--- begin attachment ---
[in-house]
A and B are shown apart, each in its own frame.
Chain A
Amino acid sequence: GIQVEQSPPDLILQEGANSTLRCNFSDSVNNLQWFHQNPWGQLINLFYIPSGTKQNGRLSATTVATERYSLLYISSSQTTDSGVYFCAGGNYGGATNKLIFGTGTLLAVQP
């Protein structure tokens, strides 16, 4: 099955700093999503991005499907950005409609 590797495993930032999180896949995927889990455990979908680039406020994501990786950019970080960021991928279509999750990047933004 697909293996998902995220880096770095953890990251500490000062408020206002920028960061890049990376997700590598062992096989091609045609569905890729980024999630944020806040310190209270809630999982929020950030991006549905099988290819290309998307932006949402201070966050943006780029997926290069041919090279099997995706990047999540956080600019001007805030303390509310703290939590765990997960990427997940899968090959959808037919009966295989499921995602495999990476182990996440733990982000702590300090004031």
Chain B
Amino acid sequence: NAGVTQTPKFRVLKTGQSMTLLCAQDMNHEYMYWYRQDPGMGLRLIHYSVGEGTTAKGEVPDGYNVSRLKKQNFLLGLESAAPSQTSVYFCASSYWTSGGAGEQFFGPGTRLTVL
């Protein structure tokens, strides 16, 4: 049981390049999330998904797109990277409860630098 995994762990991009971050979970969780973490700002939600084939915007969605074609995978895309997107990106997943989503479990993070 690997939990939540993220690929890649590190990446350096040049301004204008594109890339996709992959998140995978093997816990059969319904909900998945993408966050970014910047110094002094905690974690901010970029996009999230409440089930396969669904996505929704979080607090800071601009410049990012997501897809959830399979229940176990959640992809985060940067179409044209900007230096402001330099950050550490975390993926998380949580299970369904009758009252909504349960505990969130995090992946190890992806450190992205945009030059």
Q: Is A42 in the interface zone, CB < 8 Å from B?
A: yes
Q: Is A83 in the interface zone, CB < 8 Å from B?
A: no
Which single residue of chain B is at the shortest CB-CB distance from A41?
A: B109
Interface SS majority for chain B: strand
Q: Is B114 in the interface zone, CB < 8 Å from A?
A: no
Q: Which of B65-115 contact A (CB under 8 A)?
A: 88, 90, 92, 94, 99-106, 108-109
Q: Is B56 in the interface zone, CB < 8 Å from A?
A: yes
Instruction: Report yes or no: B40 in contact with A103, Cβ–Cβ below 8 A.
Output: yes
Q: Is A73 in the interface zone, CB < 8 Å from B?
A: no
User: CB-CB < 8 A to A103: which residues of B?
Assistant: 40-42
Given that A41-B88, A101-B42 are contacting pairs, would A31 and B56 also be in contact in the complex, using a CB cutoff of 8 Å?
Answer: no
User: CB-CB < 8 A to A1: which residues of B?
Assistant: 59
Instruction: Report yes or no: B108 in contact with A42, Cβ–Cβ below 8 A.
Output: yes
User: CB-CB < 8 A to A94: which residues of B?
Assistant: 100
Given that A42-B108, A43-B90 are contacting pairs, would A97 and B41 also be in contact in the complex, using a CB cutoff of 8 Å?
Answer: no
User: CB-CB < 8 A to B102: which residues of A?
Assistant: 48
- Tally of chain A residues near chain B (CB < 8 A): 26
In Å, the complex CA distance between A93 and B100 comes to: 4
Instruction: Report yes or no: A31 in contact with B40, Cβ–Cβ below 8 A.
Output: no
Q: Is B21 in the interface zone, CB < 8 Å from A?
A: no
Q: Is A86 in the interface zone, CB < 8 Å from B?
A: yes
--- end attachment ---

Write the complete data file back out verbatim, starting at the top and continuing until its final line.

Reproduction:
[in-house]
A and B are shown apart, each in its own frame.
Chain A
Amino acid sequence: GIQVEQSPPDLILQEGANSTLRCNFSDSVNNLQWFHQNPWGQLINLFYIPSGTKQNGRLSATTVATERYSLLYISSSQTTDSGVYFCAGGNYGGATNKLIFGTGTLLAVQP
């Protein structure tokens, strides 16, 4: 099955700093999503991005499907950005409609 590797495993930032999180896949995927889990455990979908680039406020994501990786950019970080960021991928279509999750990047933004 697909293996998902995220880096770095953890990251500490000062408020206002920028960061890049990376997700590598062992096989091609045609569905890729980024999630944020806040310190209270809630999982929020950030991006549905099988290819290309998307932006949402201070966050943006780029997926290069041919090279099997995706990047999540956080600019001007805030303390509310703290939590765990997960990427997940899968090959959808037919009966295989499921995602495999990476182990996440733990982000702590300090004031």
Chain B
Amino acid sequence: NAGVTQTPKFRVLKTGQSMTLLCAQDMNHEYMYWYRQDPGMGLRLIHYSVGEGTTAKGEVPDGYNVSRLKKQNFLLGLESAAPSQTSVYFCASSYWTSGGAGEQFFGPGTRLTVL
């Protein structure tokens, strides 16, 4: 049981390049999330998904797109990277409860630098 995994762990991009971050979970969780973490700002939600084939915007969605074609995978895309997107990106997943989503479990993070 690997939990939540993220690929890649590190990446350096040049301004204008594109890339996709992959998140995978093997816990059969319904909900998945993408966050970014910047110094002094905690974690901010970029996009999230409440089930396969669904996505929704979080607090800071601009410049990012997501897809959830399979229940176990959640992809985060940067179409044209900007230096402001330099950050550490975390993926998380949580299970369904009758009252909504349960505990969130995090992946190890992806450190992205945009030059």
Q: Is A42 in the interface zone, CB < 8 Å from B?
A: yes
Q: Is A83 in the interface zone, CB < 8 Å from B?
A: no
Which single residue of chain B is at the shortest CB-CB distance from A41?
A: B109
Interface SS majority for chain B: strand
Q: Is B114 in the interface zone, CB < 8 Å from A?
A: no
Q: Which of B65-115 contact A (CB under 8 A)?
A: 88, 90, 92, 94, 99-106, 108-109
Q: Is B56 in the interface zone, CB < 8 Å from A?
A: yes
Instruction: Report yes or no: B40 in contact with A103, Cβ–Cβ below 8 A.
Output: yes
Q: Is A73 in the interface zone, CB < 8 Å from B?
A: no
User: CB-CB < 8 A to A103: which residues of B?
Assistant: 40-42
Given that A41-B88, A101-B42 are contacting pairs, would A31 and B56 also be in contact in the complex, using a CB cutoff of 8 Å?
Answer: no
User: CB-CB < 8 A to A1: which residues of B?
Assistant: 59
Instruction: Report yes or no: B108 in contact with A42, Cβ–Cβ below 8 A.
Output: yes
User: CB-CB < 8 A to A94: which residues of B?
Assistant: 100
Given that A42-B108, A43-B90 are contacting pairs, would A97 and B41 also be in contact in the complex, using a CB cutoff of 8 Å?
Answer: no
User: CB-CB < 8 A to B102: which residues of A?
Assistant: 48
- Tally of chain A residues near chain B (CB < 8 A): 26
In Å, the complex CA distance between A93 and B100 comes to: 4
Instruction: Report yes or no: A31 in contact with B40, Cβ–Cβ below 8 A.
Output: no
Q: Is B21 in the interface zone, CB < 8 Å from A?
A: no
Q: Is A86 in the interface zone, CB < 8 Å from B?
A: yes